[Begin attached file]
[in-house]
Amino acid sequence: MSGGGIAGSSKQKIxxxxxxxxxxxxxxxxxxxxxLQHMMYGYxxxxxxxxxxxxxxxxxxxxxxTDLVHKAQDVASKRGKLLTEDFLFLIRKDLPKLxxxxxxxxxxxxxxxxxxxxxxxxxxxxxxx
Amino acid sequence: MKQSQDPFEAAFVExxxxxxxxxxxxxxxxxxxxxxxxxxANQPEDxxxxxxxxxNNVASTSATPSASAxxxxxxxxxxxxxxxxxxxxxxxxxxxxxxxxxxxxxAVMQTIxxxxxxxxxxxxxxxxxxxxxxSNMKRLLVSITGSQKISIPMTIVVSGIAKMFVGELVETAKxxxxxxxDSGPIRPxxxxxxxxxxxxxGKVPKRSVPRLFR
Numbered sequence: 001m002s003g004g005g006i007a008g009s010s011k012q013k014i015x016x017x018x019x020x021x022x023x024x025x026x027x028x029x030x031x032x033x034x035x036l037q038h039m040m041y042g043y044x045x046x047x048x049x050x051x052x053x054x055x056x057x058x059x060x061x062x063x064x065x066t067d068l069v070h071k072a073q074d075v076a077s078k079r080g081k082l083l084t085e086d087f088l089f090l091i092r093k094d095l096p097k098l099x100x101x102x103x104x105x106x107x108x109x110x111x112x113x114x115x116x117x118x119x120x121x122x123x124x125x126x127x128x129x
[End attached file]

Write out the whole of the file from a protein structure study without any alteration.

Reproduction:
[in-house]
Amino acid sequence: MSGGGIAGSSKQKIxxxxxxxxxxxxxxxxxxxxxLQHMMYGYxxxxxxxxxxxxxxxxxxxxxxTDLVHKAQDVASKRGKLLTEDFLFLIRKDLPKLxxxxxxxxxxxxxxxxxxxxxxxxxxxxxxx
Amino acid sequence: MKQSQDPFEAAFVExxxxxxxxxxxxxxxxxxxxxxxxxxANQPEDxxxxxxxxxNNVASTSATPSASAxxxxxxxxxxxxxxxxxxxxxxxxxxxxxxxxxxxxxAVMQTIxxxxxxxxxxxxxxxxxxxxxxSNMKRLLVSITGSQKISIPMTIVVSGIAKMFVGELVETAKxxxxxxxDSGPIRPxxxxxxxxxxxxxGKVPKRSVPRLFR
Numbered sequence: 001m002s003g004g005g006i007a008g009s010s011k012q013k014i015x016x017x018x019x020x021x022x023x024x025x026x027x028x029x030x031x032x033x034x035x036l037q038h039m040m041y042g043y044x045x046x047x048x049x050x051x052x053x054x055x056x057x058x059x060x061x062x063x064x065x066t067d068l069v070h071k072a073q074d075v076a077s078k079r080g081k082l083l084t085e086d087f088l089f090l091i092r093k094d095l096p097k098l099x100x101x102x103x104x105x106x107x108x109x110x111x112x113x114x115x116x117x118x119x120x121x122x123x124x125x126x127x128x129x